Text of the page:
HOUSTON For so many high school students it is homecoming season. That means dances, parties and possibly alcohol.

The festivities open the doors for parents needing to have a discussion with their kids about the consequences of alcohol, especially since young people in the United States use and abuse alcohol more than any other drug, including tobacco.

Kathie Meyer Sullivan knows about the consequences all too well. Pictures are all she has left of her daughter, Taylor.

She got together with a bunch of friends of hers and ended up drinking for the night, Sullivan said.

Taylor was drunk and wandered away from her friends. Three days later she was found dead, face down in a couple feet of water.

Overall about 5,000 kids die each year because of underage drinking. Fifty-two percent of teens have consumed alcohol by the eighth grade, and a study shows out of the 20 million alcoholics in America, more than half started drinking as teens.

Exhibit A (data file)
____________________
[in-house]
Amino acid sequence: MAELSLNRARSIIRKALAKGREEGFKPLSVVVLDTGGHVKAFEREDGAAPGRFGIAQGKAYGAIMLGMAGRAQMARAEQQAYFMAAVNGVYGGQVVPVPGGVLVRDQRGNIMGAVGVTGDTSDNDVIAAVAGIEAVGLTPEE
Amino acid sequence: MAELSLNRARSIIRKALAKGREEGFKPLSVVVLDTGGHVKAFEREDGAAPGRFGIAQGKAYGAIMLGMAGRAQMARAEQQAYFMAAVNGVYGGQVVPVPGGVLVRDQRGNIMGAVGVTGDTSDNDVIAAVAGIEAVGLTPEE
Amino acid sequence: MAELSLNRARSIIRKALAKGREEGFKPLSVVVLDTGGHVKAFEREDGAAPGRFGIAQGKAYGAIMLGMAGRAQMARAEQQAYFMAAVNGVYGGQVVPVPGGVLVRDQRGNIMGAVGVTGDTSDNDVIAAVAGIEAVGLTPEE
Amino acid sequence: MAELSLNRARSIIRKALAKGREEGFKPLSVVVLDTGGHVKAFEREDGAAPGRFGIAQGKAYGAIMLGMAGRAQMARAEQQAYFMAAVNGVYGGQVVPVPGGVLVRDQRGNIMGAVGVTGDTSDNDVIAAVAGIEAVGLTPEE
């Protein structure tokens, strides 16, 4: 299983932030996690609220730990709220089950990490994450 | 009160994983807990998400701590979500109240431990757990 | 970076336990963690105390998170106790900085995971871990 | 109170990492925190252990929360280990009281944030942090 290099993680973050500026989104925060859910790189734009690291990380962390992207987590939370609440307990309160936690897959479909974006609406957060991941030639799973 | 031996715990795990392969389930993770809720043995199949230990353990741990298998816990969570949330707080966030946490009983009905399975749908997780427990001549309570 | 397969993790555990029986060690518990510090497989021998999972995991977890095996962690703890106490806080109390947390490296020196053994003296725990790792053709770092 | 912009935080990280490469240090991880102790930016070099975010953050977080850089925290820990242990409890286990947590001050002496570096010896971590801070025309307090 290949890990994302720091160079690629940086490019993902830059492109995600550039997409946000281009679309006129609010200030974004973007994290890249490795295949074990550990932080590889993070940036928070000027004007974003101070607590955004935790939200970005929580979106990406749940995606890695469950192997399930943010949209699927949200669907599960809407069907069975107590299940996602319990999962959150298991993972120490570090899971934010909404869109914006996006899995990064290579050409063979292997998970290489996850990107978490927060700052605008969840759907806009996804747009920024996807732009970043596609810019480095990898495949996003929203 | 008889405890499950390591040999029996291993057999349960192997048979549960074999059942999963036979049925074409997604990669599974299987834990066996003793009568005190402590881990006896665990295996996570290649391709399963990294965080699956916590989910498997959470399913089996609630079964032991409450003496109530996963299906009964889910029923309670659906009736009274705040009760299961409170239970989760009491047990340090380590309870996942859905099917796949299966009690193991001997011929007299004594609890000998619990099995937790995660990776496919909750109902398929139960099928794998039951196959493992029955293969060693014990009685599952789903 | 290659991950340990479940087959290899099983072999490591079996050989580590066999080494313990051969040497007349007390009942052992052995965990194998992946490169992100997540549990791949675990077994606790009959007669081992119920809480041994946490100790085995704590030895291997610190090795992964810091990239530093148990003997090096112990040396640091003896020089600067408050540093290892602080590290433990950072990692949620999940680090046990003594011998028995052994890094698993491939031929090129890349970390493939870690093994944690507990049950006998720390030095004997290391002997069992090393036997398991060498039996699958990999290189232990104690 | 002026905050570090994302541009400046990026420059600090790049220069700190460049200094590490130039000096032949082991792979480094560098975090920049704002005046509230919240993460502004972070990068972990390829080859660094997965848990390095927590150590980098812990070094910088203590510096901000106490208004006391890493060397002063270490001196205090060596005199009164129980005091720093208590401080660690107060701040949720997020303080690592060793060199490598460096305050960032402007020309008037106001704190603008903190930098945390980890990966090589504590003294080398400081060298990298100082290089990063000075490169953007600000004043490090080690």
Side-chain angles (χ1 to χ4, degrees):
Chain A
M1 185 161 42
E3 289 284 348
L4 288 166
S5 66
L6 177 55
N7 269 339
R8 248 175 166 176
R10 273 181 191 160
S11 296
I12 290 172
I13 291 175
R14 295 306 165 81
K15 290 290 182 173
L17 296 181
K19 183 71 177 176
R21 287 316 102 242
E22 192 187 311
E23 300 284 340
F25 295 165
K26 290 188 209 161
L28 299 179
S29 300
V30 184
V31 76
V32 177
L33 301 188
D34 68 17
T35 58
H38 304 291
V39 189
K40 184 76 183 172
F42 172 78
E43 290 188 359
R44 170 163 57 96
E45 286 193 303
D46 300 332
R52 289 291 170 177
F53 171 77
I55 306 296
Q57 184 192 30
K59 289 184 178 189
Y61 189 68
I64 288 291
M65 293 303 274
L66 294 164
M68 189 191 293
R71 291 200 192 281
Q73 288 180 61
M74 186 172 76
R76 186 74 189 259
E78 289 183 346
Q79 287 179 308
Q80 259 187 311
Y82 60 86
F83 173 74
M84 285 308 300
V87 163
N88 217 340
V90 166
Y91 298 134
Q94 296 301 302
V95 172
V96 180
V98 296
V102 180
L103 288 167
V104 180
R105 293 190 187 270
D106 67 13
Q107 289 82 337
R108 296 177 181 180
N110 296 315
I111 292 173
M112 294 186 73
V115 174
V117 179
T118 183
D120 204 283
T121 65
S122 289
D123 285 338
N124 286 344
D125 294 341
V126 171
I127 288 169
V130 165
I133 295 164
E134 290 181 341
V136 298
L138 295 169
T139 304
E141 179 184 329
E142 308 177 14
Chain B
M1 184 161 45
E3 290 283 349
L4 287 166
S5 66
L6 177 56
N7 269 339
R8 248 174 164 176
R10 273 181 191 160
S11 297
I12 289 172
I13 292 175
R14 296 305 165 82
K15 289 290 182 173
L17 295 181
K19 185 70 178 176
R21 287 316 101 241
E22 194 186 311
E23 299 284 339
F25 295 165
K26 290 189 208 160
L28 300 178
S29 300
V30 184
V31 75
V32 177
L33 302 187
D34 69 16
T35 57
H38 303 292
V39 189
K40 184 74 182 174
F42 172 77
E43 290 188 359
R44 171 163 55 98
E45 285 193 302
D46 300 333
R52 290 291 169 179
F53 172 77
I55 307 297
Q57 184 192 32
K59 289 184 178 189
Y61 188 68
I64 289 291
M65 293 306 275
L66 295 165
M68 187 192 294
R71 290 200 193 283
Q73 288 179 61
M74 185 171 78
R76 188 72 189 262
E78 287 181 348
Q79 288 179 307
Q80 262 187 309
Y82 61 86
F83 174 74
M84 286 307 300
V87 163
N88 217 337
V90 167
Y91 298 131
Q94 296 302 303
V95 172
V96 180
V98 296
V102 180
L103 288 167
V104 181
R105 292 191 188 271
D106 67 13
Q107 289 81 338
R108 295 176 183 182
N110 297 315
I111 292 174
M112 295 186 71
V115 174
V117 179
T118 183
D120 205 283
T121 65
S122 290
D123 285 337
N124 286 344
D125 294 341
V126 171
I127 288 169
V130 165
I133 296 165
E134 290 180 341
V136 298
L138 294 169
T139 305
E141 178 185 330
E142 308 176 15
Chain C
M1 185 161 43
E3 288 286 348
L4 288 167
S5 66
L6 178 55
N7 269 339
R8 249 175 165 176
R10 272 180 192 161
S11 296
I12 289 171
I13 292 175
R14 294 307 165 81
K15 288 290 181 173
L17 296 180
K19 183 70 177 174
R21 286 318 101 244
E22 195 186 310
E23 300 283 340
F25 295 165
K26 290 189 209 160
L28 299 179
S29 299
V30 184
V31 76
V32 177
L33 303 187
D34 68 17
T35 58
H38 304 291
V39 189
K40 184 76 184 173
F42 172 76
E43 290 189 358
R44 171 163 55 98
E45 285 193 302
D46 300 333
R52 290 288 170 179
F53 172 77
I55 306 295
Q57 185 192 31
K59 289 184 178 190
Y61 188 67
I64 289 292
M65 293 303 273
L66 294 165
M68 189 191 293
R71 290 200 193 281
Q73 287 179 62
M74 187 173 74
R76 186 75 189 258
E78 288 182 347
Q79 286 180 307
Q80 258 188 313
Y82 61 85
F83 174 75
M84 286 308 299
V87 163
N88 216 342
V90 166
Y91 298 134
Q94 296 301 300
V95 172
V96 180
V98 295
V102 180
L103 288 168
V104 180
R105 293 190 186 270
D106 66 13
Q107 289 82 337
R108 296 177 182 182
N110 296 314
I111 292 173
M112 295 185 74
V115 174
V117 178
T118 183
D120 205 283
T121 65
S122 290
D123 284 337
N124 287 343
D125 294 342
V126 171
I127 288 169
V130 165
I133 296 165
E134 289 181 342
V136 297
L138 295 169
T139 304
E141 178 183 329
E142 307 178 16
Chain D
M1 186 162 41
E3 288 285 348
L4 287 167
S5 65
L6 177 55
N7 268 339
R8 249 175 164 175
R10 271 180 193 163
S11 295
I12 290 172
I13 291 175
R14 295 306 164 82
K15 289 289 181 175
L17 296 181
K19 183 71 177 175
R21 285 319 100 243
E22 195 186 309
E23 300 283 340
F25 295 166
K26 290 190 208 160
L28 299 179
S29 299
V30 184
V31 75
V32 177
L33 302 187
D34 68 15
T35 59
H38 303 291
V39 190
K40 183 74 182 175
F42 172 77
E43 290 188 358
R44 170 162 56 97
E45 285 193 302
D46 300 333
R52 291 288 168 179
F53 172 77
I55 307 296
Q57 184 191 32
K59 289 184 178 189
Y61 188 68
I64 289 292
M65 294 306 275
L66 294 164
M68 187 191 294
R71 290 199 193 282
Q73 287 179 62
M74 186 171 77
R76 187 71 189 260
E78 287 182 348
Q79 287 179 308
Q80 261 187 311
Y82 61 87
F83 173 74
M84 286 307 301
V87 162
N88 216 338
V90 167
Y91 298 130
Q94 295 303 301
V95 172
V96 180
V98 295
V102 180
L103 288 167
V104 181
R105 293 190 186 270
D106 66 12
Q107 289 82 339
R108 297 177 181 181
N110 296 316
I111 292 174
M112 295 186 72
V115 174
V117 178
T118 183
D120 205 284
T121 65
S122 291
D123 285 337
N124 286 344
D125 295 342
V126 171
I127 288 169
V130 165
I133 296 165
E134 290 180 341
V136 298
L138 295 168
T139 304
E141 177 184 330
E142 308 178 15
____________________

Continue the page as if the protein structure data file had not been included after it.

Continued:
Licensed psychologist Deborah Day says it is important kids know the consequences.

They re not prepared for the impact of drugs and alcohol on their systems, Day said.

Talking to teens about underage drinking can be tricky. The Mayo Clinic recommends sharing. Parents should share that anyone can develop a drinking problem, including teens.

Parents should also debunk myths. While teens may think drinking will make them popular and give them a high, let them know it s a depressant that can lead to sadness and anger.

Be prepared to answer tough questions about your own drinking habits. Consider sharing a story about a negative consequence your drinking caused.

Sullivan has shared her daughter s deadly story with kids in more than 100 schools.

I let them know, Taylor didn t die of a brain tumor. She died because of poor choices surrounding alcohol, she said.

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